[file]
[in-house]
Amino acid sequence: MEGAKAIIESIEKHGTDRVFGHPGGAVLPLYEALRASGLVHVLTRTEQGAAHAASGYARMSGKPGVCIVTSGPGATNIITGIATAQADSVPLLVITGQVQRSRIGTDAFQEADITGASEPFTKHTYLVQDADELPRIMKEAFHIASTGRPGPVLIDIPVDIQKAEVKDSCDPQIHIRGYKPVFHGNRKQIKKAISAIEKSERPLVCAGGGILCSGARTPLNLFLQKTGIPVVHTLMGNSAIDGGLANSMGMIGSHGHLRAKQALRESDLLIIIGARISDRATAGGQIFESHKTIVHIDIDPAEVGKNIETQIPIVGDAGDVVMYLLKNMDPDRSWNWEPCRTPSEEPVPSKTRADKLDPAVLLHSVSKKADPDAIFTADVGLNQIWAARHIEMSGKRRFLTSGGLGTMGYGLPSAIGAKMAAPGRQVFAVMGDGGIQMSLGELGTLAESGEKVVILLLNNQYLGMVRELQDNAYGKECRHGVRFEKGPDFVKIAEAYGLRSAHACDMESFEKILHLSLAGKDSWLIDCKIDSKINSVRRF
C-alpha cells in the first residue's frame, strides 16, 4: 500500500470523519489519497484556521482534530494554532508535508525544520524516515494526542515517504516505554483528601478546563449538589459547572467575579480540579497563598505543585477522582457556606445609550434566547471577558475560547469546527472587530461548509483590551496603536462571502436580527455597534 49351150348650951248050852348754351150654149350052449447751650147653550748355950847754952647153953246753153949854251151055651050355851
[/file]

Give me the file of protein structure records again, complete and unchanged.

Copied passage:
[in-house]
Amino acid sequence: MEGAKAIIESIEKHGTDRVFGHPGGAVLPLYEALRASGLVHVLTRTEQGAAHAASGYARMSGKPGVCIVTSGPGATNIITGIATAQADSVPLLVITGQVQRSRIGTDAFQEADITGASEPFTKHTYLVQDADELPRIMKEAFHIASTGRPGPVLIDIPVDIQKAEVKDSCDPQIHIRGYKPVFHGNRKQIKKAISAIEKSERPLVCAGGGILCSGARTPLNLFLQKTGIPVVHTLMGNSAIDGGLANSMGMIGSHGHLRAKQALRESDLLIIIGARISDRATAGGQIFESHKTIVHIDIDPAEVGKNIETQIPIVGDAGDVVMYLLKNMDPDRSWNWEPCRTPSEEPVPSKTRADKLDPAVLLHSVSKKADPDAIFTADVGLNQIWAARHIEMSGKRRFLTSGGLGTMGYGLPSAIGAKMAAPGRQVFAVMGDGGIQMSLGELGTLAESGEKVVILLLNNQYLGMVRELQDNAYGKECRHGVRFEKGPDFVKIAEAYGLRSAHACDMESFEKILHLSLAGKDSWLIDCKIDSKINSVRRF
C-alpha cells in the first residue's frame, strides 16, 4: 500500500470523519489519497484556521482534530494554532508535508525544520524516515494526542515517504516505554483528601478546563449538589459547572467575579480540579497563598505543585477522582457556606445609550434566547471577558475560547469546527472587530461548509483590551496603536462571502436580527455597534 49351150348650951248050852348754351150654149350052449447751650147653550748355950847754952647153953246753153949854251151055651050355851